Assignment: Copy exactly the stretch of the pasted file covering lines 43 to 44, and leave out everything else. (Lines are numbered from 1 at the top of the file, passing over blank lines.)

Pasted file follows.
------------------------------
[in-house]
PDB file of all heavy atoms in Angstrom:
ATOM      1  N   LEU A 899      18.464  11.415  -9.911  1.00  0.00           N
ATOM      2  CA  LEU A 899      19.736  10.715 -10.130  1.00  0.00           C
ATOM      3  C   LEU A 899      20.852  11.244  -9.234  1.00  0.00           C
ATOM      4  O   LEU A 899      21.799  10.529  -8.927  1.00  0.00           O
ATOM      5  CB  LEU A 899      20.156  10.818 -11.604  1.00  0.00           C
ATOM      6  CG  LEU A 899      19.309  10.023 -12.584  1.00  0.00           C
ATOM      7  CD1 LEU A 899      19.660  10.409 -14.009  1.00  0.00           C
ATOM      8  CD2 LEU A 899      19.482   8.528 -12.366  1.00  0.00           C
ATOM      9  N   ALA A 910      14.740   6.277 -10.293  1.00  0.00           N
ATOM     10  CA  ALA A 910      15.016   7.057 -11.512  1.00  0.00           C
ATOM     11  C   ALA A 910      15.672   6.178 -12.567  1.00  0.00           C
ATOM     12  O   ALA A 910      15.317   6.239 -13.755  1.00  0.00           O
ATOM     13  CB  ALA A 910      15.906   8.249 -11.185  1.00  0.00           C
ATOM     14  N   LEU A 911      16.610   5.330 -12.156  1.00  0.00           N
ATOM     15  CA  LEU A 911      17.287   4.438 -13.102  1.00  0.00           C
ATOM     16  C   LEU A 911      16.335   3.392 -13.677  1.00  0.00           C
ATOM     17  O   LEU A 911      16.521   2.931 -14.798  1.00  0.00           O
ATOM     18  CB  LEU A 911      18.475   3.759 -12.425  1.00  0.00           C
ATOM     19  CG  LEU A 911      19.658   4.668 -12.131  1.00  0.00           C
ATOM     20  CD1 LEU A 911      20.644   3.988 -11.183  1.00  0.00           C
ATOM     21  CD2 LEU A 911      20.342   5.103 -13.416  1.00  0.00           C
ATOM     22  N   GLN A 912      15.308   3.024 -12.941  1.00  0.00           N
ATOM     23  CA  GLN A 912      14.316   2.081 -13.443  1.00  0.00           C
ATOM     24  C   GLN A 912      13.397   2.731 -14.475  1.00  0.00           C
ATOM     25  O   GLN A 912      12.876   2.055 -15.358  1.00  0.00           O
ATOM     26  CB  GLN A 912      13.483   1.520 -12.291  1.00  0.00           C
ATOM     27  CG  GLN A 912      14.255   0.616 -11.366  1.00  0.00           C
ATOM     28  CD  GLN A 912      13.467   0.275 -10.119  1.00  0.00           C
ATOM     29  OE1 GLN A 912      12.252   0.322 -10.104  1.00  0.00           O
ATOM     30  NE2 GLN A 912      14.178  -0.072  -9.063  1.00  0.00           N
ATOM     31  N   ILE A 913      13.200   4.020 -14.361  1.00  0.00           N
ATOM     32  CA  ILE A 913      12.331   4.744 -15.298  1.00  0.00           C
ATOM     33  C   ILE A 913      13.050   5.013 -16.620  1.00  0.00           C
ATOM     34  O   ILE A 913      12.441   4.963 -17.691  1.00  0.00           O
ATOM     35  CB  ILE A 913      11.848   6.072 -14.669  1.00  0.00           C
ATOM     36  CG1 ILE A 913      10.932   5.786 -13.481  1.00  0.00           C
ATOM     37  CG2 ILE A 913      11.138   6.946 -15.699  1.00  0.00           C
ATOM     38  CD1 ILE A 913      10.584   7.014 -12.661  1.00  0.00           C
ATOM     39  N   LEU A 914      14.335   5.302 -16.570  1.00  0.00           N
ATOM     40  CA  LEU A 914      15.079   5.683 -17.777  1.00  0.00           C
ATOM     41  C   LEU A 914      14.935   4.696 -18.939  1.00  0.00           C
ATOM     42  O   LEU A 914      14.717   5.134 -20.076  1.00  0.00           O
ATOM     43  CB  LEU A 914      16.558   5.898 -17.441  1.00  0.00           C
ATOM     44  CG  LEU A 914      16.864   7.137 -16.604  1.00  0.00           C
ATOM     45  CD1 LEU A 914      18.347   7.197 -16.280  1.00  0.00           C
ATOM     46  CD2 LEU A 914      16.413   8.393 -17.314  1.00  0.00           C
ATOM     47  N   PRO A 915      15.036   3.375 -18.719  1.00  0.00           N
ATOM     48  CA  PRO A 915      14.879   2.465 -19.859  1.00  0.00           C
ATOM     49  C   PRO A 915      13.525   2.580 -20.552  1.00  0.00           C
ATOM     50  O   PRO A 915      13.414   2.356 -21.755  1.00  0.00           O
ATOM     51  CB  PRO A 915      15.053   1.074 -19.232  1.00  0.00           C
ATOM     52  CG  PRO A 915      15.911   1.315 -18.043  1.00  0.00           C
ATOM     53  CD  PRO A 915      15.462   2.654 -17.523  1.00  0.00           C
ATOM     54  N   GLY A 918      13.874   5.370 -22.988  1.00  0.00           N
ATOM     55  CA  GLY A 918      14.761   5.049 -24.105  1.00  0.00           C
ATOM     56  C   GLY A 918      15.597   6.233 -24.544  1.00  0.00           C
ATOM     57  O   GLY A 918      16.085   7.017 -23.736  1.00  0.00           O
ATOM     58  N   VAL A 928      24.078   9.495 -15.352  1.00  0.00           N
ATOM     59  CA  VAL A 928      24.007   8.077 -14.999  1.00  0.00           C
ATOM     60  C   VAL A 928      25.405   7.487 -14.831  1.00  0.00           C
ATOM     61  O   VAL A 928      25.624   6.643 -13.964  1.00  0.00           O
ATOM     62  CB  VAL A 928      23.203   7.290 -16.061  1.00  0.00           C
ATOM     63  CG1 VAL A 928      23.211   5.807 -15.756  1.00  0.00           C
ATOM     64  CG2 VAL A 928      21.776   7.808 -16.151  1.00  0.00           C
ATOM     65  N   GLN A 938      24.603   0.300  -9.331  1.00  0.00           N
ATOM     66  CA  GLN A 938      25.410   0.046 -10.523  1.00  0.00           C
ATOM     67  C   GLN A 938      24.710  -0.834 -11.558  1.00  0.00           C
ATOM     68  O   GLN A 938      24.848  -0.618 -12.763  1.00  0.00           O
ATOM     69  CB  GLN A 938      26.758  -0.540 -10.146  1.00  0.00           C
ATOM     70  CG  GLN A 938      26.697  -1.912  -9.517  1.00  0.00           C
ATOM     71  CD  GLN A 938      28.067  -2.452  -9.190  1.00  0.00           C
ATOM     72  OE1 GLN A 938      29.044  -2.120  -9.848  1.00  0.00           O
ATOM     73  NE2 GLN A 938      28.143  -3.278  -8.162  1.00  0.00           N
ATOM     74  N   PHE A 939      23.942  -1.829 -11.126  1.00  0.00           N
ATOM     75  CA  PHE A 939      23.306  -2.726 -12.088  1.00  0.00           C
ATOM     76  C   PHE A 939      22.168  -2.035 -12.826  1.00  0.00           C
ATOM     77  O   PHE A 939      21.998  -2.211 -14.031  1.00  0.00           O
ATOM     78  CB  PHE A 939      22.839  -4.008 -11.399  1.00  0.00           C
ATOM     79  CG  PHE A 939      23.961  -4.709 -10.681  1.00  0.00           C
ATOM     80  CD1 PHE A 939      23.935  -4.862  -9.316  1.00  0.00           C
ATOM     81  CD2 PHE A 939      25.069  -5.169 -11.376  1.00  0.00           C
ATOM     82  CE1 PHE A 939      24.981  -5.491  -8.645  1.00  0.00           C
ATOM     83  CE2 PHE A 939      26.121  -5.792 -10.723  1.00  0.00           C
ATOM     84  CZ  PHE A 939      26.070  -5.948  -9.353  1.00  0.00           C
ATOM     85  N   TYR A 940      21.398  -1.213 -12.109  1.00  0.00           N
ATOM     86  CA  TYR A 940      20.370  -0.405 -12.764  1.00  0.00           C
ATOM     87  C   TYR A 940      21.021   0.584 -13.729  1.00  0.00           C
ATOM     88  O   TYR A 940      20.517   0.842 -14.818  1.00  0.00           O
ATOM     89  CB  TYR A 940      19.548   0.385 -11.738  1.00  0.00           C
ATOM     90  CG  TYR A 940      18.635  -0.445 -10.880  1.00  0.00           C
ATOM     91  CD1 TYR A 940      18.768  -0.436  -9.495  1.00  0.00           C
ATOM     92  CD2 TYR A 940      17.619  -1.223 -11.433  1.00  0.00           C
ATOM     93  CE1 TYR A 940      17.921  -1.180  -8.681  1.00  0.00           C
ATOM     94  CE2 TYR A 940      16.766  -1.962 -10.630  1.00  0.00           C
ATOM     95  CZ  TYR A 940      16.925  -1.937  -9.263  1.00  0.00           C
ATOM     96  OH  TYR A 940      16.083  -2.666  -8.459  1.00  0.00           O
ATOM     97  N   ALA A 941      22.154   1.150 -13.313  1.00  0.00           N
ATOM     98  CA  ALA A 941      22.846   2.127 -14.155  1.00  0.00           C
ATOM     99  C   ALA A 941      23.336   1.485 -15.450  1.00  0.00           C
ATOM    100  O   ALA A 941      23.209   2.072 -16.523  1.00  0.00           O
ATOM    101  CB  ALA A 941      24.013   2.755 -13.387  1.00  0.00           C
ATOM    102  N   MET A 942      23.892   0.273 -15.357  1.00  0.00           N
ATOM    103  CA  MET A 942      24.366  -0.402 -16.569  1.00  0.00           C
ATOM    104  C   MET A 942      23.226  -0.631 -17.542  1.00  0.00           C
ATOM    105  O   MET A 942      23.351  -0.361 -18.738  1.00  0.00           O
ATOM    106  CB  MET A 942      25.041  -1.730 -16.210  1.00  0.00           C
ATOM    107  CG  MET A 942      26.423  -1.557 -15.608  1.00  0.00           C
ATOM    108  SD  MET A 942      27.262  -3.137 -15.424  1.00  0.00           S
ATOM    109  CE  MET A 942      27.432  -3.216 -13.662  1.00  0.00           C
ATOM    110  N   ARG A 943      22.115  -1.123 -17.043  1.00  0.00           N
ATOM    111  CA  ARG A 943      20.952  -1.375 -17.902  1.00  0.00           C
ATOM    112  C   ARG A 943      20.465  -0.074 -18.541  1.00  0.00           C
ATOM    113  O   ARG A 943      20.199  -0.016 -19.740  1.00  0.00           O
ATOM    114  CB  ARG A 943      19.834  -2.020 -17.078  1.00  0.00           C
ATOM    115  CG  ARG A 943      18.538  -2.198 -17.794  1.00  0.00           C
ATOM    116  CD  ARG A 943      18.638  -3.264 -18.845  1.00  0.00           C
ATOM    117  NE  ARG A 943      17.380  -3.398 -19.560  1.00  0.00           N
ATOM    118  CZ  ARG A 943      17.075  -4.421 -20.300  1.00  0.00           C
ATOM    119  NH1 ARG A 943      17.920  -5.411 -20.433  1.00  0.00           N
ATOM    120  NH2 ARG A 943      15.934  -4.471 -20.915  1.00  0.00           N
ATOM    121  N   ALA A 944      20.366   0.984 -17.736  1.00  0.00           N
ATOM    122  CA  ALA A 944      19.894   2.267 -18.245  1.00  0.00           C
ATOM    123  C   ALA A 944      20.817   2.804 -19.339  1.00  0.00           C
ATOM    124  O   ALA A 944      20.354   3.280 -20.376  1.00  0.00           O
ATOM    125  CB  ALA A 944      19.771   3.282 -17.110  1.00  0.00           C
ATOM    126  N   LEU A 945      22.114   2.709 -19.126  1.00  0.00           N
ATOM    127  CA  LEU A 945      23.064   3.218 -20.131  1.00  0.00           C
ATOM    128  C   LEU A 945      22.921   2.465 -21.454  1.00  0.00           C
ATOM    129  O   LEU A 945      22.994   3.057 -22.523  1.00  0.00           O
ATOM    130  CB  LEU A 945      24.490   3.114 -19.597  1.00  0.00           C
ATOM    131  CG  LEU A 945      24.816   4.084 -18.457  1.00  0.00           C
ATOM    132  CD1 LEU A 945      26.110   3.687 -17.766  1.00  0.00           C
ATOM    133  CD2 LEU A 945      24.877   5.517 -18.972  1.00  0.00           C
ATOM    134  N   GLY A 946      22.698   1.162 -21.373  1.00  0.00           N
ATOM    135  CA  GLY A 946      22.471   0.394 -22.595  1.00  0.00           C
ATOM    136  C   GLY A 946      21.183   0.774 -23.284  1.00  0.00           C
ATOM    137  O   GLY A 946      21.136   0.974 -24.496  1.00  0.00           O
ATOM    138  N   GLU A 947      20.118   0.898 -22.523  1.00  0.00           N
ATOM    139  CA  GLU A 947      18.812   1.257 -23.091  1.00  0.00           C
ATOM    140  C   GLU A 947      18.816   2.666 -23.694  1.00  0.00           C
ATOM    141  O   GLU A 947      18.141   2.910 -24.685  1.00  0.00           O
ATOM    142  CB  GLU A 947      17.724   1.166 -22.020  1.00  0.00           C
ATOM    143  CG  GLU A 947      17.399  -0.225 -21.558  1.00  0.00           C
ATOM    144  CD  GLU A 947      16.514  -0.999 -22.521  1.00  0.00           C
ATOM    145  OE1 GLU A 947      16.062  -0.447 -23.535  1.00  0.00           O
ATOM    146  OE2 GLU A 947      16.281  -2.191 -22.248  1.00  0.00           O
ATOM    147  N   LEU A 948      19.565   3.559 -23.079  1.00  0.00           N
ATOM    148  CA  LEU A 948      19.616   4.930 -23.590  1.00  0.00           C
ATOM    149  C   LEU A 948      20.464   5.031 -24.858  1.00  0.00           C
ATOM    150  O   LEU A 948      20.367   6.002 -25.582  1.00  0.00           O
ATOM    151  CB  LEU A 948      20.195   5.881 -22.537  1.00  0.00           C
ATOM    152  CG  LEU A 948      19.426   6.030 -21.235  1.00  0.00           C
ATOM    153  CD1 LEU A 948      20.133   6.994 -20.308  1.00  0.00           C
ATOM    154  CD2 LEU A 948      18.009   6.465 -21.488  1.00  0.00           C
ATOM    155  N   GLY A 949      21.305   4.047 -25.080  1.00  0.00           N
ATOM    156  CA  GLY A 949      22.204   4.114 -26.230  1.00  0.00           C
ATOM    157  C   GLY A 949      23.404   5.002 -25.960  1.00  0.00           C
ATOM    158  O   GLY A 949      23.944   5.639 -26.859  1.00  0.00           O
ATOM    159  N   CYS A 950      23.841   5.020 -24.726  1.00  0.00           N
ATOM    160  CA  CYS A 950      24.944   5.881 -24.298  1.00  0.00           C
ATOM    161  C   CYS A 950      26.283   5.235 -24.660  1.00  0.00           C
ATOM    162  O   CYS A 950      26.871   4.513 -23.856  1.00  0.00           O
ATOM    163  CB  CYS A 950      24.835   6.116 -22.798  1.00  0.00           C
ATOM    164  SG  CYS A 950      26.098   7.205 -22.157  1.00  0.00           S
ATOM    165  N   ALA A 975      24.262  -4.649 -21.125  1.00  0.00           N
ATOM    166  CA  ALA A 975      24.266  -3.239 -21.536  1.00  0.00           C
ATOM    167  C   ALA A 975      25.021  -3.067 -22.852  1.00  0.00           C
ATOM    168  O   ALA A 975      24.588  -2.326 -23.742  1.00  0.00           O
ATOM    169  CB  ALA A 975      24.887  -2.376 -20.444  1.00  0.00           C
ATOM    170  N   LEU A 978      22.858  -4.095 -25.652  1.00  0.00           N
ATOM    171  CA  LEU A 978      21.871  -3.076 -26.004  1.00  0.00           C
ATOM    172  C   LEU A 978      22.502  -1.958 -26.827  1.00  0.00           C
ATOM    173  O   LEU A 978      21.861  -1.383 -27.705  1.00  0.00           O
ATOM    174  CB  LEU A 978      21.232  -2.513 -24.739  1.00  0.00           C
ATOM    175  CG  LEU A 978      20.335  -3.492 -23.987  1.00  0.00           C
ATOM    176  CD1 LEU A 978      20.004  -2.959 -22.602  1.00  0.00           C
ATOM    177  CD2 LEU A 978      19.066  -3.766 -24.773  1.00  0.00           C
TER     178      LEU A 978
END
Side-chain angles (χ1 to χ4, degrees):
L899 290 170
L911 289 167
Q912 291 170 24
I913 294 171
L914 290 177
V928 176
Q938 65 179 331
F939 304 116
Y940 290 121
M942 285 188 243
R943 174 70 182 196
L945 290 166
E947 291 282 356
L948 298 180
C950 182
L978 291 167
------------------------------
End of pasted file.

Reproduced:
ATOM     41  C   LEU A 914      14.935   4.696 -18.939  1.00  0.00           C
ATOM     42  O   LEU A 914      14.717   5.134 -20.076  1.00  0.00           O